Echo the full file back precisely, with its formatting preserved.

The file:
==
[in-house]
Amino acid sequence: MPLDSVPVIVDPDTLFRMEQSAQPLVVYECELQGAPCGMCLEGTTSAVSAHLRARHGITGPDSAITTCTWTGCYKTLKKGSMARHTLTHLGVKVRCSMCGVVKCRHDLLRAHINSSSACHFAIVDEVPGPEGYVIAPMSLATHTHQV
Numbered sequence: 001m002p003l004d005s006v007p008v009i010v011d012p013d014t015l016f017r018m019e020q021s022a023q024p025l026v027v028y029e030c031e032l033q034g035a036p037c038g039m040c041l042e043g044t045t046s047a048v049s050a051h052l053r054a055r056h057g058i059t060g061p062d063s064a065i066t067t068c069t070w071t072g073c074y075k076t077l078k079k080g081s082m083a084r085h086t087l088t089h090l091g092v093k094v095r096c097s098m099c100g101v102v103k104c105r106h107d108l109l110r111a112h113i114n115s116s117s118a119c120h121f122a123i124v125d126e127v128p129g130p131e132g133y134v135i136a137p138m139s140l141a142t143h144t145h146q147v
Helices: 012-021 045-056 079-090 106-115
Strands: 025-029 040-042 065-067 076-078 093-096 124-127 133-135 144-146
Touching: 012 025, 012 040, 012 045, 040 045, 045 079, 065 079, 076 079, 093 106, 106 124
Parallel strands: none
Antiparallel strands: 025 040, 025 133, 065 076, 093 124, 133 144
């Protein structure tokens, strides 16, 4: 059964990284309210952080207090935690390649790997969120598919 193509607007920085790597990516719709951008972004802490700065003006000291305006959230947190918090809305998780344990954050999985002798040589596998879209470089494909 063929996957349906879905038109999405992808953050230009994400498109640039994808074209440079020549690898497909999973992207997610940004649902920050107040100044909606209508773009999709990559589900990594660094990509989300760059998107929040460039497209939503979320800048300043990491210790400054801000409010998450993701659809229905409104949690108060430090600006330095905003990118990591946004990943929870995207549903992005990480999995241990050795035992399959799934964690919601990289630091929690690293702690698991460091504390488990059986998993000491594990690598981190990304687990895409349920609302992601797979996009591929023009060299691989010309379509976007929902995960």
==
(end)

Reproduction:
[in-house]
Amino acid sequence: MPLDSVPVIVDPDTLFRMEQSAQPLVVYECELQGAPCGMCLEGTTSAVSAHLRARHGITGPDSAITTCTWTGCYKTLKKGSMARHTLTHLGVKVRCSMCGVVKCRHDLLRAHINSSSACHFAIVDEVPGPEGYVIAPMSLATHTHQV
Numbered sequence: 001m002p003l004d005s006v007p008v009i010v011d012p013d014t015l016f017r018m019e020q021s022a023q024p025l026v027v028y029e030c031e032l033q034g035a036p037c038g039m040c041l042e043g044t045t046s047a048v049s050a051h052l053r054a055r056h057g058i059t060g061p062d063s064a065i066t067t068c069t070w071t072g073c074y075k076t077l078k079k080g081s082m083a084r085h086t087l088t089h090l091g092v093k094v095r096c097s098m099c100g101v102v103k104c105r106h107d108l109l110r111a112h113i114n115s116s117s118a119c120h121f122a123i124v125d126e127v128p129g130p131e132g133y134v135i136a137p138m139s140l141a142t143h144t145h146q147v
Helices: 012-021 045-056 079-090 106-115
Strands: 025-029 040-042 065-067 076-078 093-096 124-127 133-135 144-146
Touching: 012 025, 012 040, 012 045, 040 045, 045 079, 065 079, 076 079, 093 106, 106 124
Parallel strands: none
Antiparallel strands: 025 040, 025 133, 065 076, 093 124, 133 144
């Protein structure tokens, strides 16, 4: 059964990284309210952080207090935690390649790997969120598919 193509607007920085790597990516719709951008972004802490700065003006000291305006959230947190918090809305998780344990954050999985002798040589596998879209470089494909 063929996957349906879905038109999405992808953050230009994400498109640039994808074209440079020549690898497909999973992207997610940004649902920050107040100044909606209508773009999709990559589900990594660094990509989300760059998107929040460039497209939503979320800048300043990491210790400054801000409010998450993701659809229905409104949690108060430090600006330095905003990118990591946004990943929870995207549903992005990480999995241990050795035992399959799934964690919601990289630091929690690293702690698991460091504390488990059986998993000491594990690598981190990304687990895409349920609302992601797979996009591929023009060299691989010309379509976007929902995960």